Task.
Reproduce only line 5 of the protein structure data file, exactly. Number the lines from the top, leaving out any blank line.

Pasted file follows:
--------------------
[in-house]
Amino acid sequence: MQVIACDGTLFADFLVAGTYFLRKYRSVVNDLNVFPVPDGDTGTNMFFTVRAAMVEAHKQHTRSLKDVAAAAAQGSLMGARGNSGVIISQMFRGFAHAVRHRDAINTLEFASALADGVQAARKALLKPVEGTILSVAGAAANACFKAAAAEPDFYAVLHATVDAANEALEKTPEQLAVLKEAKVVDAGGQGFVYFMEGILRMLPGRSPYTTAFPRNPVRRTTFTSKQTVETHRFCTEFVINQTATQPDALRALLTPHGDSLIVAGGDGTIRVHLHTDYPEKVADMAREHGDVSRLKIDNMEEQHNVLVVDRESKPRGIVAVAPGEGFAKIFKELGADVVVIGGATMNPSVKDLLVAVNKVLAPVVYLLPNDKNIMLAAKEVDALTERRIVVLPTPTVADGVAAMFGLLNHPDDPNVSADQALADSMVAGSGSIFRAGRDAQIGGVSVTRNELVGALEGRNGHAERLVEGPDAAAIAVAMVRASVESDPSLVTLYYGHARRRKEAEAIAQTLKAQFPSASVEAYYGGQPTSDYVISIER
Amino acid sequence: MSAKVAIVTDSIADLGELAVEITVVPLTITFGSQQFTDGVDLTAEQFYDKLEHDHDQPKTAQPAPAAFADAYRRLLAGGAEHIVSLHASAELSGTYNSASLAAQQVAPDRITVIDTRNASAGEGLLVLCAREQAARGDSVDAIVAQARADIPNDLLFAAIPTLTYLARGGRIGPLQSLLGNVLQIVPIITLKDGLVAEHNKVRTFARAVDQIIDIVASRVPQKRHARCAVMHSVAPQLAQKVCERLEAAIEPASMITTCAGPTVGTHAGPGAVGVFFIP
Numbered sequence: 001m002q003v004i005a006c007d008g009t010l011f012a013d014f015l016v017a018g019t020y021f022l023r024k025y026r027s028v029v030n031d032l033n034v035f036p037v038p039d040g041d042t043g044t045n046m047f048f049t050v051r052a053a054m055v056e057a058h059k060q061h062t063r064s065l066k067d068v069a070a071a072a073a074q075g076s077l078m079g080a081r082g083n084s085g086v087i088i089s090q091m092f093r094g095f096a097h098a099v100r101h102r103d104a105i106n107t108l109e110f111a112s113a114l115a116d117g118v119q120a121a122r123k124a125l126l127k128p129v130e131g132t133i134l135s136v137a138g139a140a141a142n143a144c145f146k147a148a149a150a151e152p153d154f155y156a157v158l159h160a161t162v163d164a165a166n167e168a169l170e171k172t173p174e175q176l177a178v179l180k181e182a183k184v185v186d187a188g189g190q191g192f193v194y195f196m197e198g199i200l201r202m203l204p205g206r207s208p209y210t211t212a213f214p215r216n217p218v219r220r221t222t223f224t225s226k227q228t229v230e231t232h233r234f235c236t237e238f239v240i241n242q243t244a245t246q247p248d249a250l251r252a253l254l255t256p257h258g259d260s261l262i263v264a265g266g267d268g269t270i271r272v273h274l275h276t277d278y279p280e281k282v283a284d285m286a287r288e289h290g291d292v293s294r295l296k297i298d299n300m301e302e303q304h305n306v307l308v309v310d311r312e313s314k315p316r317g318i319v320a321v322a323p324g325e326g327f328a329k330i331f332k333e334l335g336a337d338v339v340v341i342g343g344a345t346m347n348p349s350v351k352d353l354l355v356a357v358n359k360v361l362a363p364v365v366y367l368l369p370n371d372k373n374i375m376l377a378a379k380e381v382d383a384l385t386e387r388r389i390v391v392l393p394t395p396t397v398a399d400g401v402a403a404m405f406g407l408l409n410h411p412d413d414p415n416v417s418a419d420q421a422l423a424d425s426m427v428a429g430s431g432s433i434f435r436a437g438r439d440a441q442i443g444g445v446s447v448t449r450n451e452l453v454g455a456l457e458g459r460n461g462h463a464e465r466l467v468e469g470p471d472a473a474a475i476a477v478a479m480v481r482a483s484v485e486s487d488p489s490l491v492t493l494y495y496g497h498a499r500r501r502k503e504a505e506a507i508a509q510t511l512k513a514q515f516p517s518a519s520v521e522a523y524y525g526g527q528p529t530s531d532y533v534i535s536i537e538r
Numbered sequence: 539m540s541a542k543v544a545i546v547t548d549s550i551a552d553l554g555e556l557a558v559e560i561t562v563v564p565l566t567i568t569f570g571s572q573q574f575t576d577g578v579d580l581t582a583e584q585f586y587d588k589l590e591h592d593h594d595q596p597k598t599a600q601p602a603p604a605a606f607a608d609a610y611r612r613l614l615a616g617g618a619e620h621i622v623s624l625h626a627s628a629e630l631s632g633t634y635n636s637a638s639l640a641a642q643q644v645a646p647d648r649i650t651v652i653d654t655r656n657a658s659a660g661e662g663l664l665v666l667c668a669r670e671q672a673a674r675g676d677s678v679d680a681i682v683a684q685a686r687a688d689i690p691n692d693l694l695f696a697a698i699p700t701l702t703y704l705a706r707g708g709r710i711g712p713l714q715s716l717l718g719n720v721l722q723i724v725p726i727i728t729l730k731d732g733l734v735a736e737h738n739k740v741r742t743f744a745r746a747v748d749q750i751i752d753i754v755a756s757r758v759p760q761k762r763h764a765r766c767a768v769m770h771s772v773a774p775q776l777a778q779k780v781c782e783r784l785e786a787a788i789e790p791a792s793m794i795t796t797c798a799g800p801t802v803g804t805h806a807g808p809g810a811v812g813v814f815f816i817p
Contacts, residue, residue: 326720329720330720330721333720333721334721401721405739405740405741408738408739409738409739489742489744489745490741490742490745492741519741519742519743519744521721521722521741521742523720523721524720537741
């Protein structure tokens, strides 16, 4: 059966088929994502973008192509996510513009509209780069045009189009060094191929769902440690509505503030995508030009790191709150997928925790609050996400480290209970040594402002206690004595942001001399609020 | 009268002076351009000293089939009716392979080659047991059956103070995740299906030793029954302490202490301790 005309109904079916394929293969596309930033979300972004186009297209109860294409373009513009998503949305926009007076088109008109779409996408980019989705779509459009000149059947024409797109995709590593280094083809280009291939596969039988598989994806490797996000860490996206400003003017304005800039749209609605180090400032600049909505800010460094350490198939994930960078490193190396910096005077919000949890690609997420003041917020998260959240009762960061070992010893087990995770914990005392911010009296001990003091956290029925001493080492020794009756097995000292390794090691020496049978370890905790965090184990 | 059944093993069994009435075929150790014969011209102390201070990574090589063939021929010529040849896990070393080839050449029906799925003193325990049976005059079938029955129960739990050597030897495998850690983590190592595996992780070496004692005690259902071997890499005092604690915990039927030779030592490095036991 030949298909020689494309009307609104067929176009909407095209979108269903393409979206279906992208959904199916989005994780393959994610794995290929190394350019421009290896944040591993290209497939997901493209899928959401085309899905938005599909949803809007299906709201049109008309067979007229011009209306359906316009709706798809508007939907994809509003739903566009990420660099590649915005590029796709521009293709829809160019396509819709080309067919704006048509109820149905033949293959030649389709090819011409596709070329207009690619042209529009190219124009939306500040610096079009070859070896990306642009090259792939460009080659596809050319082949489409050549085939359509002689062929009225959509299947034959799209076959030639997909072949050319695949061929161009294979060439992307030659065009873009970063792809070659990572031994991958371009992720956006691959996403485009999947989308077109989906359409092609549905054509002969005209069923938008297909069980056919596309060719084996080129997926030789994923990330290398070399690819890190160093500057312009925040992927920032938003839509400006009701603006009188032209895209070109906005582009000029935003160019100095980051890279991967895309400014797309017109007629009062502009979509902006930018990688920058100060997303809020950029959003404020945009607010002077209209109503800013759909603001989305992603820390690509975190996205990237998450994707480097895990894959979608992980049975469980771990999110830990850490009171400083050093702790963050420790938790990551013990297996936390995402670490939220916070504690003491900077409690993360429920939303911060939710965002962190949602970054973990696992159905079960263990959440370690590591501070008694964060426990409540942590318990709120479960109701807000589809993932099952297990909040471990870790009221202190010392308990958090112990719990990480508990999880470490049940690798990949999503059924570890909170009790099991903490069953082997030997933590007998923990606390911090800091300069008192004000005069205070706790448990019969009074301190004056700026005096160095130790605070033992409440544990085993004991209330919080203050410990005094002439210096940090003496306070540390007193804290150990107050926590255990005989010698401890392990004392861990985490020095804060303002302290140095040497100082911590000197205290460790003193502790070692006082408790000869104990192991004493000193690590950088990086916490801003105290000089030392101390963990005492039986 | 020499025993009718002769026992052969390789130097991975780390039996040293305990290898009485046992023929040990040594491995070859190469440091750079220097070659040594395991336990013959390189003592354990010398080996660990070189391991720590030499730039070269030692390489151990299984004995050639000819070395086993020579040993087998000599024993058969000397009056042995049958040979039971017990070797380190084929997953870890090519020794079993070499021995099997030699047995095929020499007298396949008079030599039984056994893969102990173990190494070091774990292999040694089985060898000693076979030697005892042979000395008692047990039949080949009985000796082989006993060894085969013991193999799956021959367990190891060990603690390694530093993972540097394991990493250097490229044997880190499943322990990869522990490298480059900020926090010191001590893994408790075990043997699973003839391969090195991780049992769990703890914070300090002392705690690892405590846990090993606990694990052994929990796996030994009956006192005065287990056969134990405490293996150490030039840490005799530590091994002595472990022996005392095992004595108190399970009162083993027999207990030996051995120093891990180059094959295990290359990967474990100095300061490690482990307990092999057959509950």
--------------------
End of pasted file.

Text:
Numbered sequence: 539m540s541a542k543v544a545i546v547t548d549s550i551a552d553l554g555e556l557a558v559e560i561t562v563v564p565l566t567i568t569f570g571s572q573q574f575t576d577g578v579d580l581t582a583e584q585f586y587d588k589l590e591h592d593h594d595q596p597k598t599a600q601p602a603p604a605a606f607a608d609a610y611r612r613l614l615a616g617g618a619e620h621i622v623s624l625h626a627s628a629e630l631s632g633t634y635n636s637a638s639l640a641a642q643q644v645a646p647d648r649i650t651v652i653d654t655r656n657a658s659a660g661e662g663l664l665v666l667c668a669r670e671q672a673a674r675g676d677s678v679d680a681i682v683a684q685a686r687a688d689i690p691n692d693l694l695f696a697a698i699p700t701l702t703y704l705a706r707g708g709r710i711g712p713l714q715s716l717l718g719n720v721l722q723i724v725p726i727i728t729l730k731d732g733l734v735a736e737h738n739k740v741r742t743f744a745r746a747v748d749q750i751i752d753i754v755a756s757r758v759p760q761k762r763h764a765r766c767a768v769m770h771s772v773a774p775q776l777a778q779k780v781c782e783r784l785e786a787a788i789e790p791a792s793m794i795t796t797c798a799g800p801t802v803g804t805h806a807g808p809g810a811v812g813v814f815f816i817p